# Example 1
replace user.name with 'anyone'

# Results 1
{ "user": { "id": "1000" , "name": "anyone", "email": "[email protected]" } }
{ "user": { "id": "2000" , "name": "anyone", "email": "[email protected]" } }
...

# Example 2
replace user.name with user.email

# Results 2
{ "user": { "id": "1000" , "name": "[email protected]", "email": "[email protected]" } }
{ "user": { "id": "2000" , "name": "[email protected]", "email": "[email protected]" } }

# Example 3
replace user.name with `UserName={user.id}`

# Results 3
{ "user": { "id": "1000" , "name": "UserName=1000", "email": "[email protected]" } }
{ "user": { "id": "2000" , "name": "UserName=2000", "email": "[email protected]" } }
...

remove

The negation of choose.

Examples

# Input Data Examples:
{ 
  "stats": { 
    "duration_ms": 2.34, 
    "rows_scanned": 501, 
    "message": "Operation has taken 2.34 seconds" 
  }, 
  "some_value": 1000 
}
...

# Query 1 - Remove the message keypath
source logs
| remove stats.message

# Results 1
{ 
  "stats": { 
    "duration_ms": 2.34, 
    "rows_scanned": 501 
  }, 
  "some_value": 1000 
}
...

# Query 2 - Remove the entire stats subtree
source logs
| remove stats

# Results 2
{ 
  "some_value": 1000 
}
...

redact

Examples

Input Examples:
{ "serverIp": "ip-172-30-20-12.eu-west-1.compute.internal", ... }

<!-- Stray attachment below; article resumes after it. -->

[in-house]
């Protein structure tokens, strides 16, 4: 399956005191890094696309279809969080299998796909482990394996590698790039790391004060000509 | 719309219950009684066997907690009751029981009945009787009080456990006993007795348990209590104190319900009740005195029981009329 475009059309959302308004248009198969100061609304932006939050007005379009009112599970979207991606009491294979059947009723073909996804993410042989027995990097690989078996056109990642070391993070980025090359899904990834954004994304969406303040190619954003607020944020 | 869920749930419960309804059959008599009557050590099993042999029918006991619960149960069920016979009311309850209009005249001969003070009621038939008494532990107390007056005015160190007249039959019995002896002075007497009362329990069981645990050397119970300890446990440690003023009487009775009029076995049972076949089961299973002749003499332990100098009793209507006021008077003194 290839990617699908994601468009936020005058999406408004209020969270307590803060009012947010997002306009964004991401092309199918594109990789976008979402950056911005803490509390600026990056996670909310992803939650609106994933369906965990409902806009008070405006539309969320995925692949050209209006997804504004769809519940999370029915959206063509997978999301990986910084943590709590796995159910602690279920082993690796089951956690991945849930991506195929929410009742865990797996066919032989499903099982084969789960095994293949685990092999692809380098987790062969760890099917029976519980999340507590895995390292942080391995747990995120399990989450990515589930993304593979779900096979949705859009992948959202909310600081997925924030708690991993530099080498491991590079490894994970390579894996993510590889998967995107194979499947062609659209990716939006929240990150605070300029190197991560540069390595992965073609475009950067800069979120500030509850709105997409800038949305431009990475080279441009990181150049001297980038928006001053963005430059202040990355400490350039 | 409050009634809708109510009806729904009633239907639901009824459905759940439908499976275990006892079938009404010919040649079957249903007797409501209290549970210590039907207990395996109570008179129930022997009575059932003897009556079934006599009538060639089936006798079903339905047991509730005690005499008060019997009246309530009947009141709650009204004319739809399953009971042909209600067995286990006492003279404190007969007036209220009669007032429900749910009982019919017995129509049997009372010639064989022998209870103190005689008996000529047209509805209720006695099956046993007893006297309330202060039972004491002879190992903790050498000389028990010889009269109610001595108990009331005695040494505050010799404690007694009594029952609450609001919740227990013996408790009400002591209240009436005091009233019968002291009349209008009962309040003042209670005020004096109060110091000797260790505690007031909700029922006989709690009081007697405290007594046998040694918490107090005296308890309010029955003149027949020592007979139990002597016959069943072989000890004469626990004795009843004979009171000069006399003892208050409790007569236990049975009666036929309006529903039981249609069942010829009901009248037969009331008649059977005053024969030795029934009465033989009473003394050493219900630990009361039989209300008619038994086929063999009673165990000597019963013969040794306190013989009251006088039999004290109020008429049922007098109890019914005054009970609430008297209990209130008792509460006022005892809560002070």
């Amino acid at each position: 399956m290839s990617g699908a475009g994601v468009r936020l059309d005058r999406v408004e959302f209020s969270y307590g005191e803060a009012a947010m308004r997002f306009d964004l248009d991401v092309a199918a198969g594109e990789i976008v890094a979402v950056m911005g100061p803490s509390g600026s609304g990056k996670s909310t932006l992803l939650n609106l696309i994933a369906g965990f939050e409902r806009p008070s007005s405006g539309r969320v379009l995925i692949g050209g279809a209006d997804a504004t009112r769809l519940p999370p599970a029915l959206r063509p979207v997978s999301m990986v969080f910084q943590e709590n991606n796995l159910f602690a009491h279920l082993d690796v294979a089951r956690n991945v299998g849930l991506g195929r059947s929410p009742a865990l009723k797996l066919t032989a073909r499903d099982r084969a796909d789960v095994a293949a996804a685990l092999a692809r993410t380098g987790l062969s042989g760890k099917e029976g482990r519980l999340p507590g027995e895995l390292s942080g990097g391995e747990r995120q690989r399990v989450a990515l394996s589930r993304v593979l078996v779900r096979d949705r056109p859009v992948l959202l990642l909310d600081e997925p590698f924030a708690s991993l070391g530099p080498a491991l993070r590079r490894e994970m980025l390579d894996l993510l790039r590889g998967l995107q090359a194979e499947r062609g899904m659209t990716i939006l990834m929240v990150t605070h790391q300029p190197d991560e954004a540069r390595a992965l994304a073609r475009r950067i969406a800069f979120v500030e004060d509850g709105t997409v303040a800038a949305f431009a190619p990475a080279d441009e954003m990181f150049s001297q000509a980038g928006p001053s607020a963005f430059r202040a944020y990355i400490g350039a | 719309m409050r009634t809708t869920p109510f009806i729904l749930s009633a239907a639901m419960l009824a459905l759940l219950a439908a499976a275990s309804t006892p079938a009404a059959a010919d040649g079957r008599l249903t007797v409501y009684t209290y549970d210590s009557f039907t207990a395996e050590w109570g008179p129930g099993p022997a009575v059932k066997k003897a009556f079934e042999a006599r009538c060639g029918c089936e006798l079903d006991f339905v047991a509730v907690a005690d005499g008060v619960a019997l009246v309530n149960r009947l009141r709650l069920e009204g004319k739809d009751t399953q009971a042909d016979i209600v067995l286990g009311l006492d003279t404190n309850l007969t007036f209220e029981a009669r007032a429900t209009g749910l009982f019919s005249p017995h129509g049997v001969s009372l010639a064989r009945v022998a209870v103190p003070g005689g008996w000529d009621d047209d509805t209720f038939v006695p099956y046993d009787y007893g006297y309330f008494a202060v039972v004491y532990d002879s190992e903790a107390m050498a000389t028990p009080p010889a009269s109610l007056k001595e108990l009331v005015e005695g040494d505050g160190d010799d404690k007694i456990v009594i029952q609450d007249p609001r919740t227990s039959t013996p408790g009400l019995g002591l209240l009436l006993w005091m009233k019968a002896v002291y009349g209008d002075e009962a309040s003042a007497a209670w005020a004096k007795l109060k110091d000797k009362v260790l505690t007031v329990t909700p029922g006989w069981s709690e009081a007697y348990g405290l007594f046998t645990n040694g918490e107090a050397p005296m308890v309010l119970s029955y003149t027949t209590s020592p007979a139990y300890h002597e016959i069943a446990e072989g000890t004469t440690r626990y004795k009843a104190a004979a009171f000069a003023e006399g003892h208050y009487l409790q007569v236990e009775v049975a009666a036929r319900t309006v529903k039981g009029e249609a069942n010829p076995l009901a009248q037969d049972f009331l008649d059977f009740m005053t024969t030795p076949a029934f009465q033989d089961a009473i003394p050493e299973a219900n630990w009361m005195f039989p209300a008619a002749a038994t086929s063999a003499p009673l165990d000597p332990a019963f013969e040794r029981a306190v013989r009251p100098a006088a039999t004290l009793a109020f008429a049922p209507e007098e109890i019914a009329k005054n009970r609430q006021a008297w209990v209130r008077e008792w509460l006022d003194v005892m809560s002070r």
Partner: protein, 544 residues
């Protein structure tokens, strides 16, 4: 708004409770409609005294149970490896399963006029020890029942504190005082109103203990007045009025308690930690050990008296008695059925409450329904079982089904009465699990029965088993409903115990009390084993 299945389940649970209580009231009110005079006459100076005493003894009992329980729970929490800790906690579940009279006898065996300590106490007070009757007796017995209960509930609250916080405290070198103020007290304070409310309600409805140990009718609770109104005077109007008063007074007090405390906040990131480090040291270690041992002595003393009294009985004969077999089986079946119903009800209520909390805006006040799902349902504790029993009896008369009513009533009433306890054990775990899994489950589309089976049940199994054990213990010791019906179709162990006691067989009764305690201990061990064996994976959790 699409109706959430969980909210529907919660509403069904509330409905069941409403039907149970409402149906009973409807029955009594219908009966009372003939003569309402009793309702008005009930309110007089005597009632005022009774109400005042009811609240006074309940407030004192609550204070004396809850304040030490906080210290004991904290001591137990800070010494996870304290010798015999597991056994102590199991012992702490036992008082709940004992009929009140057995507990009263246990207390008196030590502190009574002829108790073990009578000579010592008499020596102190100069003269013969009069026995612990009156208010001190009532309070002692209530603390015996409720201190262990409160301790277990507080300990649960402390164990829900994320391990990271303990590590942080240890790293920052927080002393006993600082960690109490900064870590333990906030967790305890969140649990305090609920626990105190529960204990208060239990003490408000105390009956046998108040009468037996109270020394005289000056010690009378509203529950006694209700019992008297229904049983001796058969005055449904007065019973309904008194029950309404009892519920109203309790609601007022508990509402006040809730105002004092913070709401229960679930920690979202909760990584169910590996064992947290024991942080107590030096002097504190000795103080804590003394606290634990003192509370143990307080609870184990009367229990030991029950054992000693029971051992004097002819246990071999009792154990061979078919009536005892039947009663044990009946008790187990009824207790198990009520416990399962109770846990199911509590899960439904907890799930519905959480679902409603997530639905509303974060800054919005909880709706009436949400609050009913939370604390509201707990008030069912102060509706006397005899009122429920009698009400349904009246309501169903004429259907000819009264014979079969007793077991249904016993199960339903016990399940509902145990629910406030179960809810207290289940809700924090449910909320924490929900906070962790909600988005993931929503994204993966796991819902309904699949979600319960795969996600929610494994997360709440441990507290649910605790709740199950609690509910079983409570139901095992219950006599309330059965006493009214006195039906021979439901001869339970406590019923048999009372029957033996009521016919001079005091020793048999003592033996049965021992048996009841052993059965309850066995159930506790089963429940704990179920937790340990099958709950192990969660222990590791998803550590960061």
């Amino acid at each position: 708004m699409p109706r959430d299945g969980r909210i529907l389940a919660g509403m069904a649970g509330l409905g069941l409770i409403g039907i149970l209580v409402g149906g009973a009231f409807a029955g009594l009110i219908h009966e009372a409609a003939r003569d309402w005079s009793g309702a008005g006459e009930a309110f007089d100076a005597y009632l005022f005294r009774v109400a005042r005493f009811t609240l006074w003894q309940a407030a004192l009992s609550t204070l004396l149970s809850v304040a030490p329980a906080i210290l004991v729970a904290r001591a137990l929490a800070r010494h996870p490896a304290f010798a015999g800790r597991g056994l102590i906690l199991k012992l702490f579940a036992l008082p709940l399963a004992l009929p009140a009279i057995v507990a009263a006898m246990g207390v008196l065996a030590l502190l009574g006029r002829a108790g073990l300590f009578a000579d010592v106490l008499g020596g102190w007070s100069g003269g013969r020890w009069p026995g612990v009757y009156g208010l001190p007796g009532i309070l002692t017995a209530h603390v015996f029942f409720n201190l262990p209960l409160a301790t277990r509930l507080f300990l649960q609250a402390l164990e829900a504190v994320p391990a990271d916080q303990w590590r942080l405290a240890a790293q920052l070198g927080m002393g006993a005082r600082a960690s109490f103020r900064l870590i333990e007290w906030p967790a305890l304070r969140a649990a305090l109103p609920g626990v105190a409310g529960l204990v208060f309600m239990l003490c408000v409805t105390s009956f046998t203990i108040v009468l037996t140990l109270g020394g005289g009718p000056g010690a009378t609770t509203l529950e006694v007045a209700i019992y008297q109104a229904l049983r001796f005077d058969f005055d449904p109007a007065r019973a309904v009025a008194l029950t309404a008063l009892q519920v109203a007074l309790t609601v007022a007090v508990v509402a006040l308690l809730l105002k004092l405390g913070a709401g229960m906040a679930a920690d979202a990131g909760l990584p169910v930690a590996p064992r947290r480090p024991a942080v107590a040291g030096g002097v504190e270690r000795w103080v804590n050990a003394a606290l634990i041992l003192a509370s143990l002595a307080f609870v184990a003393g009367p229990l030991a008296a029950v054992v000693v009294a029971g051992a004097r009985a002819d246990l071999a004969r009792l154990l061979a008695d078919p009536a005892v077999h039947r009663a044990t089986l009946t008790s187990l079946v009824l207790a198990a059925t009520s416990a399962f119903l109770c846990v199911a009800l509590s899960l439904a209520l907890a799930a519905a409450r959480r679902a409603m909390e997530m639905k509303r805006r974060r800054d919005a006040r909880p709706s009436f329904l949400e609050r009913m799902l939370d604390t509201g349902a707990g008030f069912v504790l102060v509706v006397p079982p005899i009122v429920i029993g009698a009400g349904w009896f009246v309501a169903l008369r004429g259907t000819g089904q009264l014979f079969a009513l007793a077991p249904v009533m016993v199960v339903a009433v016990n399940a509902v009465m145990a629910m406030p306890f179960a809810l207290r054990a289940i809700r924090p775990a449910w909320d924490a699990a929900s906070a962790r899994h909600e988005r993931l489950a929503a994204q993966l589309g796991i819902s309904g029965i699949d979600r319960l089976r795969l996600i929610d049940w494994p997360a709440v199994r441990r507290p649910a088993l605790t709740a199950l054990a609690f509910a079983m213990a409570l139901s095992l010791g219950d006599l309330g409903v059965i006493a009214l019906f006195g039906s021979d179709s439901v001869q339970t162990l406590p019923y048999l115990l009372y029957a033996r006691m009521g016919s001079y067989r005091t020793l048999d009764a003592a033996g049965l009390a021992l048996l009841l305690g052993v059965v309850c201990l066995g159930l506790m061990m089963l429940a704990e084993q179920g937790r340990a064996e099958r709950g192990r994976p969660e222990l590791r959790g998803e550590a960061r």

{ "serverIp": "ip-172-82-121-1.eu-west-2.compute.internal", ... }
{ "serverIp": "ip-172-99-72-187.us-east-1.compute.internal", ... }
...

# Query 1 - Redact all parts containing the string '.computer.internal'
source logs
| redact serverIp matching 'compute.internal' to ''

# Results 1
{ "serverIp": "ip-172-30-20-12.eu-west-1", ... }
{ "serverIp": "ip-172-82-121-1.eu-west-2", ... }
{ "serverIp": "ip-172-99-72-187.us-east-1", ... }

# Query 2 - Redact all digits before aggregation using regexp
source logs
| redact serverIp matching /[0-9]+/ to 'X'
| countby serverIp

# Results 2
{ "serverIp": "ip-X-X-X-X.eu-west-X.compute.internal", "_count": 2323 }
{ "serverIp": "ip-X-X-X-X.us-east-X.compute.internal", "_count": 827 }
...

source

Set the data source that your DataPrime query is based on.

Syntax

source <data_store>

Where <data_store> can be either:

  • logs
  • spans
  • The name of the custom enrichment. In this case, the command will display the custom enrichment table.

Example

source logs

Additional Resources

DataPrime Quick-Start Guide
DataPrime Query Language
Glossary: DataPrime Operators & Expressions